Champagne: vintage 2004

Despite the fact that the year started under snow and cold, an unseasonably mild period established itself from 5th January onwards. Punctuated by some very cold episodes in February and March, the mild temperatures continued until the spring.

In this largely easy-going climate exempt from spring frost, bud break started 12th April for Chardonnay, 19th April for Pinot Noir and 20th April for Meunier. A few days of cold at the end of April didn't halt the development of the vine and, despite the cold, the weather was dry and sunny and propitious for a good growing cycle.

The chaotic month of June, marked by significant differences in temperature, strong winds and hail storms (ten storms in the sector of Vertus and de Vaudemange, completely destroyed 400 ha.) did not, fortunately, compromise flowering. Full flower for Chardonnay occurred on 14th June, 18th June for Pinot Noir and 19th June for Meunier. It appeared from these that the yields might be particularly high.

Outbreaks of oïdium, detected since the end of May in the usually sensitive parcels, are of concern and, during June and July, a rapid action plan is put in place to master the infections.

The rainy rather unsunny meteorology of August, brought fears about the eventual ripeness which is developing very slowly. Fortunately, the first three weeks of September, hot and sunny, brought about a spectacular engorgement of the grapes whose health was excellent by the time of the harvest.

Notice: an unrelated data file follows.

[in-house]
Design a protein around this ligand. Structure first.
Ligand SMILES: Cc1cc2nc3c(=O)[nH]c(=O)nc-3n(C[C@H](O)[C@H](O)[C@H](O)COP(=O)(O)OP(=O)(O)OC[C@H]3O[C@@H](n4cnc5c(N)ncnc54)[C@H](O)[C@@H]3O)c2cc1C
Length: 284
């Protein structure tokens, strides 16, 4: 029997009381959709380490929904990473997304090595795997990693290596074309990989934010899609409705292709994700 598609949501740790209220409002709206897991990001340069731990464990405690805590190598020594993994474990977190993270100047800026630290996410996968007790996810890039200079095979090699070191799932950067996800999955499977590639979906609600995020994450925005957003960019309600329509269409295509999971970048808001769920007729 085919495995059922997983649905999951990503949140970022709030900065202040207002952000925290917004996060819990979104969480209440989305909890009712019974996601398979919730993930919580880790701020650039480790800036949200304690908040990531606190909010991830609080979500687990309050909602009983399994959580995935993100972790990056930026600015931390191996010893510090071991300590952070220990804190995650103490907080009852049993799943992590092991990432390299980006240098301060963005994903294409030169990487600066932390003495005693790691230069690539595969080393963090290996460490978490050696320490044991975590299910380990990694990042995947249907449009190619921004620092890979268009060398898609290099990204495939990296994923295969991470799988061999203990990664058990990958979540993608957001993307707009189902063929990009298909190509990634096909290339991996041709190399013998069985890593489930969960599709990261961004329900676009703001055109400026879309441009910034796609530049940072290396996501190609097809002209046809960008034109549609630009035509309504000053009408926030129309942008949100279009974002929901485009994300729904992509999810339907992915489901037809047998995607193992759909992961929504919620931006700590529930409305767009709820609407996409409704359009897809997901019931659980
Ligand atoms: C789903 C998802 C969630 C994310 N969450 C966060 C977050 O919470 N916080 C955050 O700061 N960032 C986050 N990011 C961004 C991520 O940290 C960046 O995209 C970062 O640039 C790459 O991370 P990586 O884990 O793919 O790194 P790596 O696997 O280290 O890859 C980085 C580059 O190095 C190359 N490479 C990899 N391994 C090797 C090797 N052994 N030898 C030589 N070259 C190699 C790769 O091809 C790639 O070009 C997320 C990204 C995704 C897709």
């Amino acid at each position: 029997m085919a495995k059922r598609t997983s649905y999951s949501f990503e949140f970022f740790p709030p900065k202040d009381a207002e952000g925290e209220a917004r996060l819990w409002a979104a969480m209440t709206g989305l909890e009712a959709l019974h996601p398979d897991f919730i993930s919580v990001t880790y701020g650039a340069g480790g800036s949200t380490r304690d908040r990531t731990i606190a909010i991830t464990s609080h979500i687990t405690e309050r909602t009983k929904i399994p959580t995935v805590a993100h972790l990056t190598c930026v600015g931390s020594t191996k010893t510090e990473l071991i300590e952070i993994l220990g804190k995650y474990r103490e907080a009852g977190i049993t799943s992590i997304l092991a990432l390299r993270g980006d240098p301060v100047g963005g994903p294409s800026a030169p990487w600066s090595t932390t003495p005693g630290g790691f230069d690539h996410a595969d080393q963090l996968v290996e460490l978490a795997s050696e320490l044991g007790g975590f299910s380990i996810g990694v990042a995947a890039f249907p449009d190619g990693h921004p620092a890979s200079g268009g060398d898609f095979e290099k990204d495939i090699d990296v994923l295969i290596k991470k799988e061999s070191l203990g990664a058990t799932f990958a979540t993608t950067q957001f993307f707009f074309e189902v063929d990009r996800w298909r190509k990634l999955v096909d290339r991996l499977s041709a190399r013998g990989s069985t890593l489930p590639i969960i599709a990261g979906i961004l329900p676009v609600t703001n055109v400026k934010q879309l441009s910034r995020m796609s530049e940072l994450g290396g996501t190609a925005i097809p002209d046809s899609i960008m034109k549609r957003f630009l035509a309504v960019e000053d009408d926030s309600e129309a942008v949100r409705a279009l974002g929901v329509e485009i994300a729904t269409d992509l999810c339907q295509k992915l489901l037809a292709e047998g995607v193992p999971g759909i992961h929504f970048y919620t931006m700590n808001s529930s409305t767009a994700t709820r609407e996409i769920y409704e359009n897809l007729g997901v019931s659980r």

The harvest began 18th September for the earliest and 2nd October for the last but the majority were working from the 27 September. The weather was gloomy, more often than not quite cool, with a few showers and frequent morning fogs. The yield was exceptional - 14,000kilos/hectare, and the harvest lasted approximately three weeks.

With a natural alcohol level of 9.6% and a total acidity of 7.1gH2SO4/l, the musts' character was satisfactory, with balanced wines. The average yield was established at 13,958kg/hectare.

The 2004 wines are expressive and typical of their terroirs. Wines from Chardonnay mix complex aromatics (flowers, acacia, citrus...), balanced and good length in the mouth with a finish which is fresh and stimulating. The Pinot Noir wines are elegant and structured whilst the Meunier are generous and well-balanced. Their fruit aromas dominate, the palate is fresh and supple.

[Source: CIVC/translation FineWineJournal]

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